Although the English and most other leading navies were already starting to move towards 3 full decks for their ships of the line, 2-deckers continued in service; the larger and better armed ones still being viable for a place in the line of battle and classified at the appropriate rating. There had been a system of rating in place for some time but this became more formalized when "line of battle" tactics started to become the norm.
    Rating systems were not exactly the same for all navies but what they had in common was a fairly realistic idea of how many guns and/or what weight of gunpower a warship needed to be viable in the line of battle.
    Naturally, as warships evolved and became more powerful, the benchmarks moved upwards accordingly. For example, the gun-power of a 1st rate ship of the mid-to-late 1600's would have been the equivalent of, perhaps, a 3rd rate of the mid 1700's and a 4th or even 5th rate of the early 1800s. Not that warships usually lasted that long; far from it in some cases but we get the idea. (We'll see a few exceptions, though.)

    Our first example for England is Warspite, launched in 1666; the second of no less than seven English/British warships to bear this name.
    Unlike many warships, Warspite had a very long service life which included a number of rebuilds. She was re-named HMS Edinburgh in 1721 and had her final rebuild commencing in 1741, being re-launched in May 1744. She was finally broken up in 1771, with about one century of service to her credit!

    Warspite had begun her active life as a 70-gun third-rate ship of the line. Her first action was during the Second Anglo-Dutch War (March 1665 - July 1667). In July 1666 she helped to defeat a Dutch fleet off North Foreland in Kent. Not long after that, she undertook convoy protection and was recognized as having performed with distinction. Subsequently, Warspite took part in the first major action of the Third Anglo-Dutch War, the Battle of Solebay, which ended inconclusively but again, Warspite fought very well and successfully fended off at least two Dutch fireships.
    Some subsequent battles did not end as well but Warspite and her crew consistently performed well and she survived them all.

    Hull model of Ship of the Line Warspite, 1666

    Warspite 1666 70 gun 3rate renamed Edinburgh.jpg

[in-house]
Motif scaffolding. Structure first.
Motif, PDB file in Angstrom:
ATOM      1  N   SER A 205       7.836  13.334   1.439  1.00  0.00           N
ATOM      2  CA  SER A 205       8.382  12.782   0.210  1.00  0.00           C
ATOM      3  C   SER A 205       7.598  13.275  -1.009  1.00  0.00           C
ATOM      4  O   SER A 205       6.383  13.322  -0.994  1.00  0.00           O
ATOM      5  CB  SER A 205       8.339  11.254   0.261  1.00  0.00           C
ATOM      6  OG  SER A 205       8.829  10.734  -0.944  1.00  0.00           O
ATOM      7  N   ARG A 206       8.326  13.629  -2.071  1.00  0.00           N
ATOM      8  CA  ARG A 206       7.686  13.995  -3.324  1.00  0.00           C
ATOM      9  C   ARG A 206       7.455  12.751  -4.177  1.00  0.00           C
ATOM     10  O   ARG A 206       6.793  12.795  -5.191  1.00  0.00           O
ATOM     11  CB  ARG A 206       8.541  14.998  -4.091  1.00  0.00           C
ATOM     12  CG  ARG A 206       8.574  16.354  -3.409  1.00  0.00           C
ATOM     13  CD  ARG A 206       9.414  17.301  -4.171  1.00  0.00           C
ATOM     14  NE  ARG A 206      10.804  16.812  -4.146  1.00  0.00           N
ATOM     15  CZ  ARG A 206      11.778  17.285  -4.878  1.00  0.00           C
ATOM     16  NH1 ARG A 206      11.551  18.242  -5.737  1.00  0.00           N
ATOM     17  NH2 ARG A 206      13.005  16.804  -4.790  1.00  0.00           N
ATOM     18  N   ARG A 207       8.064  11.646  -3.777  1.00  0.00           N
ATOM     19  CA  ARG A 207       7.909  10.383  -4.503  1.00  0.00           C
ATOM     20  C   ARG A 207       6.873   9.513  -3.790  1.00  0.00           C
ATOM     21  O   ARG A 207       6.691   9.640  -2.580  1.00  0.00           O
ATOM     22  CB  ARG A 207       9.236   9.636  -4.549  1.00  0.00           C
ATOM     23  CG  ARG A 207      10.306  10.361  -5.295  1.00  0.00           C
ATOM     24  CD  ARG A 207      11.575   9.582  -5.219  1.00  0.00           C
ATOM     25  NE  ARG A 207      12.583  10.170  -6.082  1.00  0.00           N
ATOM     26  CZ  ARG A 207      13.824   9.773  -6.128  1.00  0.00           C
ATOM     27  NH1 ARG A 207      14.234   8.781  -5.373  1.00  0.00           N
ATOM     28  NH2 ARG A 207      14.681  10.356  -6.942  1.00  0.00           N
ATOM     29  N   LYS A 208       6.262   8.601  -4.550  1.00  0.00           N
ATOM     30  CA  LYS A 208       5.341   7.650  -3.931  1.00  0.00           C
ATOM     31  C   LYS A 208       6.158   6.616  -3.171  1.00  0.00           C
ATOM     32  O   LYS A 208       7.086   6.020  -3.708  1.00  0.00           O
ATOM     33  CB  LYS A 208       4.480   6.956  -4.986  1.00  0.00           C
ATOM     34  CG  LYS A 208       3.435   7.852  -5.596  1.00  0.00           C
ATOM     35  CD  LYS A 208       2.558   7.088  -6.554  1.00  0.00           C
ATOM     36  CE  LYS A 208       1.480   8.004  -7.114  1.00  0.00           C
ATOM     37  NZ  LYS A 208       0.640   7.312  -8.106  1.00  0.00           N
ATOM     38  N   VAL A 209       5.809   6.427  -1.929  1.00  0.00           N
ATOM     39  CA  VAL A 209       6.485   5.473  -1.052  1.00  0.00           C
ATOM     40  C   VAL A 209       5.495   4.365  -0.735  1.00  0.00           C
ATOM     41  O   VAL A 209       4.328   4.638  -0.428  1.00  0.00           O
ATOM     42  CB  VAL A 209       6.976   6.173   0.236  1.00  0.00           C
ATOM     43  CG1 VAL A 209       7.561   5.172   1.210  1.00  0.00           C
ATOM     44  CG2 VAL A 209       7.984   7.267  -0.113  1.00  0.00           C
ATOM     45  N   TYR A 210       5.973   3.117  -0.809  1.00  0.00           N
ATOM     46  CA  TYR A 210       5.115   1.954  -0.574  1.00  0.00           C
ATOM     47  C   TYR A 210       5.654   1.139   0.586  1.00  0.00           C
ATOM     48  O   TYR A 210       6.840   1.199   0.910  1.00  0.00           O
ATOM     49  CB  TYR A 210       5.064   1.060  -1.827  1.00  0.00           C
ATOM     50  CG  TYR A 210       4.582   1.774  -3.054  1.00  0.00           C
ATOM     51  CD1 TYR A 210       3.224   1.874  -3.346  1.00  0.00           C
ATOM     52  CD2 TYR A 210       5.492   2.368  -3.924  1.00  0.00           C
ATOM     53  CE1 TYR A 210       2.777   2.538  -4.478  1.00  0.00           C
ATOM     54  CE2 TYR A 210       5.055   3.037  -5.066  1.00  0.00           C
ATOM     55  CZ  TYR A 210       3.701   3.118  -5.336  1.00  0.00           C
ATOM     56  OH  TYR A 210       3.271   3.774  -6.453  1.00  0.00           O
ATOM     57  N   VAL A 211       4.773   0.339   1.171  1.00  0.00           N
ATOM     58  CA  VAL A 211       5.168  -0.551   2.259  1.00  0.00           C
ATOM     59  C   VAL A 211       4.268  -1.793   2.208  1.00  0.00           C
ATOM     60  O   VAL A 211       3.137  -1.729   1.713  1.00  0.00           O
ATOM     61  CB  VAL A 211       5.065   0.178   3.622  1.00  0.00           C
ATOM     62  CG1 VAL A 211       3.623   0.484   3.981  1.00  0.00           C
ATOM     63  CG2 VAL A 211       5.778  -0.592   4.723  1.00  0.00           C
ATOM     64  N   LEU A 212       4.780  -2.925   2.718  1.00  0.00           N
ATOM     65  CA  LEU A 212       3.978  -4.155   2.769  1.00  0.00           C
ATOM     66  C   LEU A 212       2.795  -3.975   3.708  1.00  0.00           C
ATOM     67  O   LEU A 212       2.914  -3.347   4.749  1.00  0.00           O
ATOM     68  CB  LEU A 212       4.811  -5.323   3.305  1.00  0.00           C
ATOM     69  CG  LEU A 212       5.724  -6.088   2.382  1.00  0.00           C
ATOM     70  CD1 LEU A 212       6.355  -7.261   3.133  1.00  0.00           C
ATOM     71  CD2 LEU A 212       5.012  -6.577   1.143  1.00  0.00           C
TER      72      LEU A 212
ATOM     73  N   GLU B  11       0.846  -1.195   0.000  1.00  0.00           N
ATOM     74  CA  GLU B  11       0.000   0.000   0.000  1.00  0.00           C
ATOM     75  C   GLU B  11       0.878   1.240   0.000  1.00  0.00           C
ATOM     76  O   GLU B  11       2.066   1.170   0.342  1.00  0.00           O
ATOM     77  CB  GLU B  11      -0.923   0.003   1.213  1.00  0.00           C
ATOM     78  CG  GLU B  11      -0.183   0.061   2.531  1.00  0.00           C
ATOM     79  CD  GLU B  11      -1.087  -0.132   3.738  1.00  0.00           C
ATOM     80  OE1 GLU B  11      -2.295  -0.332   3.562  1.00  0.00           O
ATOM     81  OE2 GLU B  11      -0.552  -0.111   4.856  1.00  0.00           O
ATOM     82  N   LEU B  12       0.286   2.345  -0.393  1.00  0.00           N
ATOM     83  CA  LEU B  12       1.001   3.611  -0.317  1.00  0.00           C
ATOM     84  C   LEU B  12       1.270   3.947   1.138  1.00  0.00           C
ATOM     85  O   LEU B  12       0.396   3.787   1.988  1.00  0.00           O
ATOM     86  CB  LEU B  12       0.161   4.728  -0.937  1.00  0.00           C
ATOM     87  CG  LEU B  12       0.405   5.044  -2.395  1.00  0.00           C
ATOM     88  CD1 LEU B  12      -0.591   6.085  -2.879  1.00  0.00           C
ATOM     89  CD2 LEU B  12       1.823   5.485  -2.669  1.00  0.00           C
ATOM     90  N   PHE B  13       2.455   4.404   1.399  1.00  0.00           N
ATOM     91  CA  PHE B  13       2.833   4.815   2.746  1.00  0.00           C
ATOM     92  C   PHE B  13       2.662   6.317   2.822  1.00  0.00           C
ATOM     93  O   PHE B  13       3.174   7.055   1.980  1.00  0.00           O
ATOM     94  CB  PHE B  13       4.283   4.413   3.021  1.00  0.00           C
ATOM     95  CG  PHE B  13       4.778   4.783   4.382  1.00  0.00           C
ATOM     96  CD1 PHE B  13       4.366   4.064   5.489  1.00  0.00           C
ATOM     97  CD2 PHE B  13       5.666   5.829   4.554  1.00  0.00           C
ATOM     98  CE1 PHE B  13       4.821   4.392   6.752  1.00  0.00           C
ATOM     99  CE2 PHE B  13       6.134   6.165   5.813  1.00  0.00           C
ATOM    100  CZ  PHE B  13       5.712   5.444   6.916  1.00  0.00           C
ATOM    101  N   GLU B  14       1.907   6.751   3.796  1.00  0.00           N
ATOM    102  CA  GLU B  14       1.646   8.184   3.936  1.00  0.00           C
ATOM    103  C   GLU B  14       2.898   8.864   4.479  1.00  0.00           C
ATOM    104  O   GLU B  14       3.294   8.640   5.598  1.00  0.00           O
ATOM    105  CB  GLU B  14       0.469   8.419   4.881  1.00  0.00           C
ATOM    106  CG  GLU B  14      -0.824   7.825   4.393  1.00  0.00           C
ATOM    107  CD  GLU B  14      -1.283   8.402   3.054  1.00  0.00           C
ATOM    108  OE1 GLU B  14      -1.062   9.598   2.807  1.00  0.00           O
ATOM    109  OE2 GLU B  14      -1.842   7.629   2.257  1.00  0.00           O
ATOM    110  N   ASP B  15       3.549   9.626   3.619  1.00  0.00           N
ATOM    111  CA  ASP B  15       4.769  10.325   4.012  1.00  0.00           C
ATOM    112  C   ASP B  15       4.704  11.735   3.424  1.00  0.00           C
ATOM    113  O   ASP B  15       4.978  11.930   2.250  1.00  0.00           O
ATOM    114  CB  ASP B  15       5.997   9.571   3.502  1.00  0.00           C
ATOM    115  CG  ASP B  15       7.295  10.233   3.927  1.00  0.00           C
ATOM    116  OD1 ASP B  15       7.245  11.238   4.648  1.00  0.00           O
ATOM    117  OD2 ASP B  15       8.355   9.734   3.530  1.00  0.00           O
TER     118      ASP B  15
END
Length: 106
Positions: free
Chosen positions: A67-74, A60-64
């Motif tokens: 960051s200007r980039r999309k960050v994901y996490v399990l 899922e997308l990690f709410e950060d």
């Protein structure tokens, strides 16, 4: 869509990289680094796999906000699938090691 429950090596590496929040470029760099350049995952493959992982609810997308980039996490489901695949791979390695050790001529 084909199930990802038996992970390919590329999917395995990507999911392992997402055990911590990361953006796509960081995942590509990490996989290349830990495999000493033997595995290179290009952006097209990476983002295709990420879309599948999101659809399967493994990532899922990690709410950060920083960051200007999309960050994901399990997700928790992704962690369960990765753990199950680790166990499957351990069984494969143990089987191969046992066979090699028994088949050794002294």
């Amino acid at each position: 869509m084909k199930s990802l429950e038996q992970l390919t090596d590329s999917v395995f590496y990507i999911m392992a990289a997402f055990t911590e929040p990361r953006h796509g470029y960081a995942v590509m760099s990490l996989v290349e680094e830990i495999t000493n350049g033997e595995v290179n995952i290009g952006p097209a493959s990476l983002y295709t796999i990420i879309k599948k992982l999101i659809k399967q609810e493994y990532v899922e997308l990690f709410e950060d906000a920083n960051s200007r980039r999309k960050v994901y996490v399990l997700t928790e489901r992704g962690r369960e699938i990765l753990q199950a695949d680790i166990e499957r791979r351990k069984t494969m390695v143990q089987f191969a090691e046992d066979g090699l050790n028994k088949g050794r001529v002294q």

Kingfisher was a smaller warship launched in 1675 as a 4th rate displacing 663 tons. She carried 46 guns (nominal), up to a maximum of 54 guns. She was designed specifically to counter Barbary corsairs and in particular, those from Algeria who were proving to be the greatest problem at the time. Kingfisher's often used "modus operandi" was to disguise herself as a merchantman by hiding her armament behind false bulkheads. She was also rigged in such as way as to be able to change her appearance more easily.
    In her most famous action in May 1681, she fought and defeated no less than seven Algerine men-of-war and an armed settee.
    However, the British did suffer some crew losses as well as the life of her captain, Commander Morgan Kempthorne.

    Kingfisher (right) fighting Algerine warships, 1681

    Kingfisher 1675 (probly) vs Algerine warships 1681.jpg

    Our third example is HMS Monmouth, launched in 1667. Monmouth was another successful warship with the good fortune to have a long career; taking part in a considerable number of battles from the Third Anglo-Dutch War (1672-74) onwards.
    She may be best known for her pursuit, defeat and capture of the French flagship Foudroyant in February 1758, at the battle of Cartagena, near Spain during the Seven Years War.

    Monmouth (centre) vs Foudroyant, February 1758

    Monmouth Battle of Cartegena 1758 capture of Foudroyant 1.jpg

    Time to decide:
    Will you go Dutch or English in this match?

    Suggested additional criteria you might wish to consider, along with any others you deem appropriate.
    (Note: Some of these could be considered already covered by Significant, Influential and Effective)

    Which warship type ...
    • was the best?
    • was the greatest?
    • was the most widely used?
    • had the greatest longevity in service?
    • was the most versatile?
    • represented the best value for the cost/effort invested ("bang for the buck" in today's language)?
    • was the easiest to operate?
    Any other criteria you have applied (please tell us what they were).
    Dutch 2-Decker & Great Ship up to 60 Guns
    English 2-Decker & Great Ship 3-4 Rate
    Last edited by panther3485; 27 Aug 18, 09:32.
    "Chatfield, there seems to be something wrong with our bloody ships today!"
    Vice Admiral Beatty to Flag Captain Chatfield; Battle of Jutland, 31 May - 1 June, 1916.

  • #2
    Another tough one to decide (at least, for me). I went for the English ships; mainly because I think they had established a lead over the Dutch by the end of this century. Although, mid-1600's was arguably a different story, perhaps.
    "Chatfield, there seems to be something wrong with our bloody ships today!"
    Vice Admiral Beatty to Flag Captain Chatfield; Battle of Jutland, 31 May - 1 June, 1916.